Ms Khadijah Manasseh

Research project: Towards an Understanding of Race and Sentencing


The intricate relationship between racial identity and legal sentencing is rife with unresolved complexities, research gaps, and inherent systemic biases across multiple legal jurisdictions. This scholarly inquiry aims to highlight the complex interplay between racial considerations and sentencing determinants in four countries underpinned by Common Law: Australia, Canada, England, and Wales. Utilising a rich interdisciplinary framework that combines case law analysis, jurisprudential analysis, and an exhaustive survey of extant scholarly works, the study undertakes a cross-jurisdictional investigation to explore how race, conceptualised as a social variable, permeates the structural underpinnings of the criminal justice apparatus to meaningfully impact sentencing outcomes.

The introductory chapters establish the theoretical underpinnings by detailing the historical genesis of racial inequalities within the chosen jurisdictions, thereby preparing the groundwork for a sophisticated analysis. This is succeeded by an exhaustive methodological exposition, delineating the comparative analytical strategy that serves as the intellectual scaffolding of this research endeavour. The ensuing chapters engage in an in-depth examination of pivotal themes, inclusive of, but not limited to, the confluence of race and gender, the prevalence of implicit biases within the judicial corps, and the influence of racial stereotypes on prosecutorial and judicial conduct.

Out of this meticulous scrutiny emerge three core revelations: Firstly, marginalised racial groups, specifically Indigenous communities in Australia and Canada and African and Caribbean populations in England and Wales, disproportionately experience more severe sentencing as compared to their white contemporaries. Secondly, structural elements like judicial latitude and prosecutorial inclinations often act as vehicles channelling racial disparities in sentencing outcomes, albeit veiled under the cloak of ostensibly neutral legal doctrines. Thirdly, the expressions of racial bias in sentencing exhibit noteworthy variations across the selected jurisdictions, highlighting the impact of region-specific sociopolitical contexts.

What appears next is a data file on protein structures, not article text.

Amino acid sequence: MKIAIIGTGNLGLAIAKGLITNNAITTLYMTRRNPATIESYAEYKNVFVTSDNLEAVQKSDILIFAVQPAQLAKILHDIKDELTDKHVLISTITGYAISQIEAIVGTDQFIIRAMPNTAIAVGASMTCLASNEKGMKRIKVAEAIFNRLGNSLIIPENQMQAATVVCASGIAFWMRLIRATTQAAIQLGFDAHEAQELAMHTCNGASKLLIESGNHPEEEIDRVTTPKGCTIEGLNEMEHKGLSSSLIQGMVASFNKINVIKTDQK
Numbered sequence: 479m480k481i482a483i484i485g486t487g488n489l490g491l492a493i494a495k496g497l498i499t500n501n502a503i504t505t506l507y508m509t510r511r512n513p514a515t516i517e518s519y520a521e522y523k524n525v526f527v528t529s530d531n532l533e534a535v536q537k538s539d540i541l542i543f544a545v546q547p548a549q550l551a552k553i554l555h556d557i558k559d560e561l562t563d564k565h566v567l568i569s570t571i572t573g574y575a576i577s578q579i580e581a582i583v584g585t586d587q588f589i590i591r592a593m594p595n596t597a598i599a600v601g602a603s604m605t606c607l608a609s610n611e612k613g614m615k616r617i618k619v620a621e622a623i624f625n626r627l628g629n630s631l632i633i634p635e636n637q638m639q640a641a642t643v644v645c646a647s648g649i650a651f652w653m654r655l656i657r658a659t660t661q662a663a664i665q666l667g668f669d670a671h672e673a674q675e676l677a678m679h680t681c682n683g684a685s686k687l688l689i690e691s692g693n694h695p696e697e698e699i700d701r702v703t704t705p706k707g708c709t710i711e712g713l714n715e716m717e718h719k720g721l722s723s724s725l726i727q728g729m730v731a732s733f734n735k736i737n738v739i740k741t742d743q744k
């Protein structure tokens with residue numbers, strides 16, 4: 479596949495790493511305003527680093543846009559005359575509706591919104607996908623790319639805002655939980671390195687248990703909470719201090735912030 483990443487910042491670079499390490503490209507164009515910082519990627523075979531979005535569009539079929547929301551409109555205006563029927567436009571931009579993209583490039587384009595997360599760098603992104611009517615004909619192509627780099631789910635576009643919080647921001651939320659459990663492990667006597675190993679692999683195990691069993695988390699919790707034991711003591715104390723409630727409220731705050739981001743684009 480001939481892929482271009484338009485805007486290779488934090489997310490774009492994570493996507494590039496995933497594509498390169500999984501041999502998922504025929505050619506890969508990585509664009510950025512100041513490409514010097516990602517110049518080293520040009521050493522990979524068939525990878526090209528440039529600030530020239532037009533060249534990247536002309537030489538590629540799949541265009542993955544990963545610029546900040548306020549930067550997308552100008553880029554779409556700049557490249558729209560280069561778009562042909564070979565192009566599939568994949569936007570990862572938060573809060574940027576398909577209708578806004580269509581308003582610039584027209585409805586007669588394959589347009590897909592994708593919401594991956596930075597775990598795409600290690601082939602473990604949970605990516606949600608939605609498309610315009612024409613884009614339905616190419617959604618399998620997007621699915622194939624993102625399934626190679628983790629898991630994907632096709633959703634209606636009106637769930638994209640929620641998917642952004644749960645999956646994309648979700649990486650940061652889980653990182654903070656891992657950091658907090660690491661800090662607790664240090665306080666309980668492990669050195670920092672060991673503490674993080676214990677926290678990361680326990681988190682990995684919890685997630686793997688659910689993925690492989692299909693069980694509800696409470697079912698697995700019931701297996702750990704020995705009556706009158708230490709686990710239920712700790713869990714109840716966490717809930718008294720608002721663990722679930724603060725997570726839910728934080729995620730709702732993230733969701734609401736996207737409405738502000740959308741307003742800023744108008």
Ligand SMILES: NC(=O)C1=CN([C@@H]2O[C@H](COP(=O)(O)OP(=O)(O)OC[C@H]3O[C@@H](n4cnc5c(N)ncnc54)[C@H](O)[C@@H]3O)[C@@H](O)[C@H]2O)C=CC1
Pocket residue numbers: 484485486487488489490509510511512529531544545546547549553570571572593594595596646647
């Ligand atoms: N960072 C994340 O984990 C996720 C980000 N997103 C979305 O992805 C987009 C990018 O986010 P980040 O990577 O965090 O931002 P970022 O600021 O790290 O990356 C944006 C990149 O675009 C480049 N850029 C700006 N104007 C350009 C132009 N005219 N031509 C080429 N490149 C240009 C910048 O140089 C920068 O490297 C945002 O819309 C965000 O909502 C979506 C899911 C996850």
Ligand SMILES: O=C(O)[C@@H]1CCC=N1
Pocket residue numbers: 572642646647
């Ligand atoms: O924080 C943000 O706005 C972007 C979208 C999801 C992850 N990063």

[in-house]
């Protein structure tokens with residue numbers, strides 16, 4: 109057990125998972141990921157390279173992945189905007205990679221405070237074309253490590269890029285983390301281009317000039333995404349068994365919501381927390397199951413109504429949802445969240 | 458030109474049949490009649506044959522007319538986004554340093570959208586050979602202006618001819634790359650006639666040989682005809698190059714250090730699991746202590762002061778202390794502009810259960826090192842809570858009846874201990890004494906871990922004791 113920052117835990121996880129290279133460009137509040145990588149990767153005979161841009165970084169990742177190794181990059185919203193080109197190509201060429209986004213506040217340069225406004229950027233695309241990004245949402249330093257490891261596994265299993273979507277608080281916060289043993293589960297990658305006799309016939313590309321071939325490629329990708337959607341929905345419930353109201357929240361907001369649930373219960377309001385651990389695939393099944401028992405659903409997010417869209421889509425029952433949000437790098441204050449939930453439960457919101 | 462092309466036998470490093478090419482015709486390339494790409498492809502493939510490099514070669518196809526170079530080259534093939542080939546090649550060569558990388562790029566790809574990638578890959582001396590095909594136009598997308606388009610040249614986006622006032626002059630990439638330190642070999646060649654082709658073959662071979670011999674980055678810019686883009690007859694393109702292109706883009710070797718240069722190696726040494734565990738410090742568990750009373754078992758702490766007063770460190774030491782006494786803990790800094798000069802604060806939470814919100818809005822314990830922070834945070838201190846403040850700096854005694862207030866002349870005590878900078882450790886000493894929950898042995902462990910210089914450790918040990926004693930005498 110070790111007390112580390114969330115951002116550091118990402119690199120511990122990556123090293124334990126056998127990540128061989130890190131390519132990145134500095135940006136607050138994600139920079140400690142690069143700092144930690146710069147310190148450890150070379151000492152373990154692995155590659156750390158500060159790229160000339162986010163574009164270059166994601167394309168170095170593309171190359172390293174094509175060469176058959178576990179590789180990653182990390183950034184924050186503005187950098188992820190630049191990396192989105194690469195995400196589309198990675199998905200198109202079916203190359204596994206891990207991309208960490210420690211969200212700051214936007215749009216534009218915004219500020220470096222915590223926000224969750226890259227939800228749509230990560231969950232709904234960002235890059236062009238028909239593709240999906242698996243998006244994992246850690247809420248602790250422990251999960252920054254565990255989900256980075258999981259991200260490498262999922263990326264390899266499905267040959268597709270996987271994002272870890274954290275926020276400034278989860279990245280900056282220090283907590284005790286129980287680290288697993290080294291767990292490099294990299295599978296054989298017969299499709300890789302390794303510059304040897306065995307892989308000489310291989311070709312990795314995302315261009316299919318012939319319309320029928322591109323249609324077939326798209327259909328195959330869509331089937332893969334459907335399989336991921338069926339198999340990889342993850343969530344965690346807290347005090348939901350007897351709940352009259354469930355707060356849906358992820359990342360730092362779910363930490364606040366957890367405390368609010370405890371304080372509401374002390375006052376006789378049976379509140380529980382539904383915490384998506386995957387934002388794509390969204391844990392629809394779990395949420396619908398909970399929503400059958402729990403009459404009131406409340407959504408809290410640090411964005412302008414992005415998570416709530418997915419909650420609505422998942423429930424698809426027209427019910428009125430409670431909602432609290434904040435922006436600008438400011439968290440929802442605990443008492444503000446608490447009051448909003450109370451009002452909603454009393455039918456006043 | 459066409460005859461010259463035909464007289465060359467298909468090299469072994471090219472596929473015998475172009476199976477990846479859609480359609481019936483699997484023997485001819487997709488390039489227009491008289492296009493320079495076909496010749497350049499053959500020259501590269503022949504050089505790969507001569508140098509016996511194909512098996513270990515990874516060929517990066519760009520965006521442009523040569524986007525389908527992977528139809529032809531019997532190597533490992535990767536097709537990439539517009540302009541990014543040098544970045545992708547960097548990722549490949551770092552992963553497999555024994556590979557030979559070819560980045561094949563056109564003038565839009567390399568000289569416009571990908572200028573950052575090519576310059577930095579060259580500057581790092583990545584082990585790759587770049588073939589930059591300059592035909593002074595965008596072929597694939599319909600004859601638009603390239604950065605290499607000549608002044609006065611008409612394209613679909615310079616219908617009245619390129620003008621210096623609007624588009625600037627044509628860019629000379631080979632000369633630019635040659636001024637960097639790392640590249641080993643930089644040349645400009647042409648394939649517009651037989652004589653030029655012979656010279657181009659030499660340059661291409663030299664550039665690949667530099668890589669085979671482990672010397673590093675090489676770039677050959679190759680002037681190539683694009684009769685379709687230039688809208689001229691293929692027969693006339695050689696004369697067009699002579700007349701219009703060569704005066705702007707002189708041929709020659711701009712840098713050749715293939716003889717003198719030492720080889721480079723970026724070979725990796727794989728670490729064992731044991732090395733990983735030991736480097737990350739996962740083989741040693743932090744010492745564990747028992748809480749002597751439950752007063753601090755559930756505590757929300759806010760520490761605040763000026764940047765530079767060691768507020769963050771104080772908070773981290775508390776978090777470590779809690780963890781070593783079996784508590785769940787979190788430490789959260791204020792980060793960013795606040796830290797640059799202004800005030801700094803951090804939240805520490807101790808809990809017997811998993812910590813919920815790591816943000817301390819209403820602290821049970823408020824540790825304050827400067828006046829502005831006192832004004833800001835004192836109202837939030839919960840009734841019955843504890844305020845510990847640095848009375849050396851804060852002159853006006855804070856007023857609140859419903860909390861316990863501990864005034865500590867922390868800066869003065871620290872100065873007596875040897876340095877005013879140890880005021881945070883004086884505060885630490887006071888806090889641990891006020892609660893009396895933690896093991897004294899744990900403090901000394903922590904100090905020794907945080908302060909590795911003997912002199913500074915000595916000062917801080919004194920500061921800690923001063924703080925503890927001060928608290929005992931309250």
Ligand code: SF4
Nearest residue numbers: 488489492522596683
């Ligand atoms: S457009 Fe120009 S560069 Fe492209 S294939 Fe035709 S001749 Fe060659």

To summarise, this thesis asserts that the criminal justice mechanisms operating in Australia, Canada, England, and Wales are not passive observers to racial imbalances but are, in fact, contributing agents, albeit at differential magnitudes. It calls for an overhaul of existing sentencing protocols and judicial training initiatives, in addition to a comprehensive reassessment of institutional frameworks that perpetuate racial inequalities. In fulfilling these objectives, this research not only enriches scholarly dialogue but also proffers actionable policy directives aimed at engendering a more just and impartial criminal justice landscape.

  • Research degree: PhD
  • Title of project: Towards an Understanding of Race and Sentencing
  • Research supervisor: Dr Kevin Barker
  • Other research supervisor: Dr Philip Harris


Currently, I am a doctoral researcher in the department of Law.

My scholarly inquiries principally explore the systemic inequities in sentencing outcomes affecting Indigenous, African, and Caribbean communities across Australia, Canada, England, and Wales. Leveraging a multidisciplinary approach, my work coalesces around the robust framework of Critical Race Theory and engages deeply with comparative legal narratives. Through this lens, I am unearthing the underlying racial disparities that persistently manifest in judicial outcomes.

Beyond academic circles, I have dedicated over four decades to influencing public policy. My expertise has been widely sought in sectors as diverse as Criminal Justice, Youth Services, Social Work, and Education. My substantial policy contributions aim not merely to understand the status quo but to redress systemic inequalities and substantive change.

My academic and policy endeavors are further enriched by a dedicated focus on exposing the ways in which racism has been normalized within mainstream society. By delving into this often overlooked area, I seek to challenge and ultimately disassemble the social constructs that perpetuate racial injustices.

Areas of research interest

  • Sentencing
  • Critical Race Theory
  • Social Justice
  • Human Rights
  • Criminal Justice


  • LLM Human Rights
  • MA Christian Theology
  • PGD Philosophy of Religion and Ethics
  • Graduate Diploma in Law
  • BA Broadcast Journalism
  • BA Islamic Studies
  • Graduate Diploma in Teaching with QTLS